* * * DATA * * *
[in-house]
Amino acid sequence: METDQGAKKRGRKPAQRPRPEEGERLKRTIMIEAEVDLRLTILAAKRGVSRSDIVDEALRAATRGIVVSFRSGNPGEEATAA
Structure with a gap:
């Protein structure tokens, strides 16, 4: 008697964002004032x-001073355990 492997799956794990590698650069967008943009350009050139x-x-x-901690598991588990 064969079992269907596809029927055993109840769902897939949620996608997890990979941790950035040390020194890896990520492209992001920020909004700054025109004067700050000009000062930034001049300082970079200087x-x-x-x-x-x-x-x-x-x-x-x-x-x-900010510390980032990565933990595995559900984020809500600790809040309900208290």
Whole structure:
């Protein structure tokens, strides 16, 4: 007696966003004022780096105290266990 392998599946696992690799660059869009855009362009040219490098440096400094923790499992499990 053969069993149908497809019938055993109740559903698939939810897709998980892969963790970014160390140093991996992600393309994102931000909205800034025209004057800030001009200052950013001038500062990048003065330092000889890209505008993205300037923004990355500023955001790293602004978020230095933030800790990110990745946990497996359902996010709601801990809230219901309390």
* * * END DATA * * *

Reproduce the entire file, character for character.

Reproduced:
[in-house]
Amino acid sequence: METDQGAKKRGRKPAQRPRPEEGERLKRTIMIEAEVDLRLTILAAKRGVSRSDIVDEALRAATRGIVVSFRSGNPGEEATAA
Structure with a gap:
């Protein structure tokens, strides 16, 4: 008697964002004032x-001073355990 492997799956794990590698650069967008943009350009050139x-x-x-901690598991588990 064969079992269907596809029927055993109840769902897939949620996608997890990979941790950035040390020194890896990520492209992001920020909004700054025109004067700050000009000062930034001049300082970079200087x-x-x-x-x-x-x-x-x-x-x-x-x-x-900010510390980032990565933990595995559900984020809500600790809040309900208290």
Whole structure:
């Protein structure tokens, strides 16, 4: 007696966003004022780096105290266990 392998599946696992690799660059869009855009362009040219490098440096400094923790499992499990 053969069993149908497809019938055993109740559903698939939810897709998980892969963790970014160390140093991996992600393309994102931000909205800034025209004057800030001009200052950013001038500062990048003065330092000889890209505008993205300037923004990355500023955001790293602004978020230095933030800790990110990745946990497996359902996010709601801990809230219901309390």